A cup of coffee

July 13, 2017

HONOLULU - Drinking coffee was associated with a reduced risk of death in the 24-year long Multiethnic Cohort (MEC) study conducted at the University of Hawaiʻi Cancer Center. Coffee drinkers had a reduced risk of death from heart disease, cancer, diabetes, stroke, kidney and respiratory disease.

  1. One cup a day was associated with a 12 percent decrease in risk of death overall, and
  2. two to three cups with an 18 percent decrease.

"As in other states, coffee is one of the most popular beverages in Hawaiʻi, the only state in the U.S. where coffee is grown commercially. Although this study does not show causation or point to what chemicals in coffee may have a protective effect, it is clear that coffee can be incorporated into a healthy diet and lifestyle," said Song-Yi Park, PhD, first author of the study and assistant specialist in the UH Cancer Center's Cancer Epidemiology Program.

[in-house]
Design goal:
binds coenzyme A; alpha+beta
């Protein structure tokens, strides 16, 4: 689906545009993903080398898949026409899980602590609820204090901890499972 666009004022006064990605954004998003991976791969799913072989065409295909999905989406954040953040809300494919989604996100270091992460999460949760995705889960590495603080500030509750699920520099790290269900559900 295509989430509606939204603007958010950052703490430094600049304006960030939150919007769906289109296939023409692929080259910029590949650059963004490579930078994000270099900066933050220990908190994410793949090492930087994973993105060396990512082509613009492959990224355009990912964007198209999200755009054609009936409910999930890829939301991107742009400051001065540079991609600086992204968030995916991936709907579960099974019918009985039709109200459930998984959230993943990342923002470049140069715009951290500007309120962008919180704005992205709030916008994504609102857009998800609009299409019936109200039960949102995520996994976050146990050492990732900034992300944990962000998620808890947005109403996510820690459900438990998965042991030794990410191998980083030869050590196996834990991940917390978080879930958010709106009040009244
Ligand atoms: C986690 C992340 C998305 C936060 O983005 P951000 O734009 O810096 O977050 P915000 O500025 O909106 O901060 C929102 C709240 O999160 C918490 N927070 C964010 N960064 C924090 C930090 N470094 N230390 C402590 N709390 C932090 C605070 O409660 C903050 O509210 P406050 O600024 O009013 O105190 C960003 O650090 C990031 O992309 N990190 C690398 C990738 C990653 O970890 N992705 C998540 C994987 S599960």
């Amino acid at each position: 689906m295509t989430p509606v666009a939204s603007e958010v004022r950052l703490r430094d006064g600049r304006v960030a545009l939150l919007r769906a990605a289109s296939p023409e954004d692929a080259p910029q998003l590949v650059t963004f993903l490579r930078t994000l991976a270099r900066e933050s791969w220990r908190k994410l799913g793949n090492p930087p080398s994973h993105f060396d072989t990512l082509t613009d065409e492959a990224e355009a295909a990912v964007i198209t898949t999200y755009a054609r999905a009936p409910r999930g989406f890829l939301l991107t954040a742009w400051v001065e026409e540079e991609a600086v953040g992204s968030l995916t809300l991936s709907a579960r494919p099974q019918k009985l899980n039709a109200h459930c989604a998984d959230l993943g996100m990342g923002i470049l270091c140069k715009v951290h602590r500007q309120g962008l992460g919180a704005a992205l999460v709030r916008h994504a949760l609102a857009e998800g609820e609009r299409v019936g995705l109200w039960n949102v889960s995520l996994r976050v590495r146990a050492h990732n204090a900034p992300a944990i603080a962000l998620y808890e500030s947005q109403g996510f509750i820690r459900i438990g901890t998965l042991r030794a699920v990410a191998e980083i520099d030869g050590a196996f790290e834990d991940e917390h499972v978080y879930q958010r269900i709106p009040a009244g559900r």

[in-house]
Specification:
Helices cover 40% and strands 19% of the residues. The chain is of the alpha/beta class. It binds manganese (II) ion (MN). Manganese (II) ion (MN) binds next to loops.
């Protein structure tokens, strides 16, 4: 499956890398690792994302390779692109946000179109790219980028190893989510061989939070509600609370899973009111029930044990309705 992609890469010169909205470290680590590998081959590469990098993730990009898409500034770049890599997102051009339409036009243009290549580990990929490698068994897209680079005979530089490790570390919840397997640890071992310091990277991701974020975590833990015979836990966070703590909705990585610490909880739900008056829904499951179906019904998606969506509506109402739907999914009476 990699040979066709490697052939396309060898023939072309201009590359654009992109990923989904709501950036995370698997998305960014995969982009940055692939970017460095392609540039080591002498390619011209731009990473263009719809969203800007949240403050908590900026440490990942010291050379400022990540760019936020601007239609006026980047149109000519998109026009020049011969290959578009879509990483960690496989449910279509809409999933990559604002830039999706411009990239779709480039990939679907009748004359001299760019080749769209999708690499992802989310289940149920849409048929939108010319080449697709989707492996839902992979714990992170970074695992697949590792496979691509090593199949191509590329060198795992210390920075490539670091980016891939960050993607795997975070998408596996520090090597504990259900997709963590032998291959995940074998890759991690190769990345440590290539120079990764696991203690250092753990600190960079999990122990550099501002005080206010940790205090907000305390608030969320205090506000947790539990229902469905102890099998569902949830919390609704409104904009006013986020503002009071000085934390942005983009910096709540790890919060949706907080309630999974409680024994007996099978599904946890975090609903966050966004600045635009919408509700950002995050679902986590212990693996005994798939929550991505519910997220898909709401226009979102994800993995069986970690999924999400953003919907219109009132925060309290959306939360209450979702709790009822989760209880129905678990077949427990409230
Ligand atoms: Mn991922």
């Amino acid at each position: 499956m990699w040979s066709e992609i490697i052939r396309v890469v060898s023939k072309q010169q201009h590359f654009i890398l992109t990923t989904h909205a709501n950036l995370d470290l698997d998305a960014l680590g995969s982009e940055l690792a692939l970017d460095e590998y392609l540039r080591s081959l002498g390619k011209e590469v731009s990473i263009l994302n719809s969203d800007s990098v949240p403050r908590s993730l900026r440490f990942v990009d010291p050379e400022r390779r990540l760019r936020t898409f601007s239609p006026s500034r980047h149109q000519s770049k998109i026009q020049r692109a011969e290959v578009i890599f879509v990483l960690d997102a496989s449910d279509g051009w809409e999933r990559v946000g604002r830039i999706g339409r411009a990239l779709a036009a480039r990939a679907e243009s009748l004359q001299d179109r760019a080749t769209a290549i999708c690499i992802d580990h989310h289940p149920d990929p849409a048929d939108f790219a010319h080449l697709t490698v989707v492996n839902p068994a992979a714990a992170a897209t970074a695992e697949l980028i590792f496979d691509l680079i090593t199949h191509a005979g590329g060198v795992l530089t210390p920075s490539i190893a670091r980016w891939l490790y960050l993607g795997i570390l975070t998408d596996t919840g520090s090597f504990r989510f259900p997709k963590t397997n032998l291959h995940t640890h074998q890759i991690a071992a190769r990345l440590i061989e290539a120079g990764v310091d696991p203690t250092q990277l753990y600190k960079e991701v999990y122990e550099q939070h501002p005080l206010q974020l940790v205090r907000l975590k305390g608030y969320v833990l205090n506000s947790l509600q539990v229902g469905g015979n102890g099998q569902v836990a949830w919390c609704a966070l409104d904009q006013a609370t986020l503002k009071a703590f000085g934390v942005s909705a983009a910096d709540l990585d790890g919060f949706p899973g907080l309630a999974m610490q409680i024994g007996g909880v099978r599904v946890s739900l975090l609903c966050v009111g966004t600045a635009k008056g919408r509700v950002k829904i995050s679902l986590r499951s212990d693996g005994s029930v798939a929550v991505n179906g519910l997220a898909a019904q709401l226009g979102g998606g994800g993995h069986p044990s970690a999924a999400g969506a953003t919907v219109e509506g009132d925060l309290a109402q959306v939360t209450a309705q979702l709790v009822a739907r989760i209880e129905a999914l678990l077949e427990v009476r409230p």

The study published in Annals of Internal Medicine found no further decrease in risk of death with higher coffee consumption. Also, the health benefit was seen regardless of whether coffee was caffeinated or decaffeinated, suggesting that the beneficial effect comes from the coffee itself, not caffeine.

The study confirmed that higher consumption of coffee is associated with a lower risk of death, and that this association exists in other populations - African Americans, Japanese Americans, Native Hawaiians and Latinos - who have different lifestyles and disease susceptibilities. The findings are consistent with previous studies that looked at majority Caucasian populations.

Multiethnic Cohort (MEC)

The MEC is a prospective epidemiological study in which 215,000 Hawaiʻi and Los Angeles residents, aged 45-75 at recruitment in 1993-1996, completed a questionnaire about their dietary habits. The participants are being followed for occurrence of cancer, other chronic diseases, and death. The MEC study is being conducted to find the best approach to achieving a health promoting diet in Hawaiʻi and across the nation.

For the current study, researchers analyzed data from 185,855 participants:

  1. 17 % African-Americans
  2. 29 % Japanese-Americans
  3. 22 % Latinos
  4. 25 % whites, and
  5. 7 % Native Hawaiians


Coffee Drinking and Mortality in 10 European Countries: A Multinational Cohort Study